After the boarding, we reached the Wilmington area but we found it too industrial and close to sewage outlets so moved on. We laughed about the coastguard insistence on stick-on warning notices when there is sewage pouring into the rivers. We moved further up river and finally chose a location off the main channel opposite Little Tinicum Island and anchored near a derelict wharf. The view of the riverbank on one side was less than delightful being that of industrial sites, but it lacked sewage and was reasonably sheltered from the mammoth tugs, which ply their trade up and down the river. The view of the little bird sanctuary on the island to the other side was pleasantly refreshing.
I called the Corinthian Yacht Club of Philadelphia and spoke to Jean, the club manager, who informed us that they had mooring buoys in 15 feet depth where we could moor, but because they were refurbishing the club, there was a reduction in their normal services and they had no boat-to-shore launch. For these reasons, they would only charge us $10 per night ($60 per week). I accepted this and the following morning we moved across the river to the other side of Little Tinicum Island. We eventually spent two full weeks on this mooring, while we toured Philadelphia and the Lancaster County of Pennsylvania.
The club is one of the oldest and most prestigious in the United States. It was chartered in 1892 and during the early part of the last century, when the river was dredged effectively, yachts owned by members ranged from 100 feet to 297 feet, several competed for, won and defended the Americas Cup and, during World War II, the club became a naval installation and the large yachts were turned over to the Navy and Coastguard.
One can see from the layout of the club and its grounds that it was once a club frequented by the landed gentry of the state of Pennsylvania and city of Philadelphia. It is easy to imagine grand parties “à la Great Gatsby” being held on a regular basis on the lawns in front of the club with yachts larger than the Royal Yacht “Britannia” anchored in the river, racing organised to far away places and world famous yachtsmen rubbing shoulders with the local rich merchant bankers and politicians.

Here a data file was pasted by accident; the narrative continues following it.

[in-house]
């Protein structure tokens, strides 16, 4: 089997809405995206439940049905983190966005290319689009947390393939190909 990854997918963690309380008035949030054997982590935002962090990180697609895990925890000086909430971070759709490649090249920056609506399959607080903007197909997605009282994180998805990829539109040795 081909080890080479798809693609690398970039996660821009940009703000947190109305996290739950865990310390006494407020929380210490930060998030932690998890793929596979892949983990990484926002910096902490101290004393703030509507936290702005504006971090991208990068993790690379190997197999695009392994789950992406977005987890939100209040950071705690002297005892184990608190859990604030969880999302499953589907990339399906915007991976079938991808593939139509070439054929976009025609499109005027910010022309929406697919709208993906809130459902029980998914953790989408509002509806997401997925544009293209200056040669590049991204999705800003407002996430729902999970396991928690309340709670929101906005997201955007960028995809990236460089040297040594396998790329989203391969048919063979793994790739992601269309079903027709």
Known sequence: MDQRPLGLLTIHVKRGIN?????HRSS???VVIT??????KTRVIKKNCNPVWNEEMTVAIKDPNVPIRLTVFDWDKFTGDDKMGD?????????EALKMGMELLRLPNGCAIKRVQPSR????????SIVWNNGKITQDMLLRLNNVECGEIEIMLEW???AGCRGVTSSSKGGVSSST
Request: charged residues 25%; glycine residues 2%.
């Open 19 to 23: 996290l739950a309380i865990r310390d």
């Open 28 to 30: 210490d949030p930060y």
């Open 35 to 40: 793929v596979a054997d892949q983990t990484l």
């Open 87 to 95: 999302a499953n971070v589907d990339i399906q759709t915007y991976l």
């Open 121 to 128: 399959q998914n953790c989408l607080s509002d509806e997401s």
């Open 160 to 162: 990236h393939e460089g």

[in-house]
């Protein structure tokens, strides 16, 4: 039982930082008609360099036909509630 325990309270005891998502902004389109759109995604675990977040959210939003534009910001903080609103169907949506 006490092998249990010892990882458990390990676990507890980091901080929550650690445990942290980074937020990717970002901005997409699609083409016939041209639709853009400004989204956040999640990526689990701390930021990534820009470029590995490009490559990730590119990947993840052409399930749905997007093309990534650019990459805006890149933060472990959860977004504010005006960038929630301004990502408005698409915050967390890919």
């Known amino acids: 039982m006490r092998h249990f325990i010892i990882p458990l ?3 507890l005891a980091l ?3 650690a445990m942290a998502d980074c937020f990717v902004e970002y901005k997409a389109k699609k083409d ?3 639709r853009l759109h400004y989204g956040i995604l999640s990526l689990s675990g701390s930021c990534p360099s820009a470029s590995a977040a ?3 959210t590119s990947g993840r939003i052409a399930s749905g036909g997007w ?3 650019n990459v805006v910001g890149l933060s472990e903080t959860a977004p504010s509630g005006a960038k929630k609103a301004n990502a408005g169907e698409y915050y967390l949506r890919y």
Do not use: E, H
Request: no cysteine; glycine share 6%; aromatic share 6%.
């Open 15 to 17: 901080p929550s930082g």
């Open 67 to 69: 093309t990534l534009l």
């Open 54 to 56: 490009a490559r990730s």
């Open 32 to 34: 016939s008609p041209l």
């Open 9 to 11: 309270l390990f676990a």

The refurbishments are progressing well and one can envisage the club taking off again as there is clearly a rich vein of well-heeled and progressive local talent willing to dedicate themselves to its reestablishment as one of America’s leading clubs. We wish them well.
While there, we used the swimming pool, the showers and the restaurant, all of which have a Victorian ambience about them. Wednesday nights is race night and Siobhán was able to participate in the J22 racing, finishing a better than respectable 2nd, 7th and 3rd while I relaxed on the committee boat. After the race we enjoyed the buffet under the marquee when we met many charming members, who were genuinely interested in our travels and kept us engaged in active conversation for a couple of hours, before they all departed to their homes. We were made to feel very welcome, introduced to the Vice-Commodore and met the Commodore and many of the committee, all of whom were so positive about the changes taking place in the club. We could not have chosen a better place to remain for the two weeks in this area. Moreover, we were well looked after by Jean and Joe, Cathy and Pat at the club and allowed every facility within their capabilities, the redecoration notwithstanding.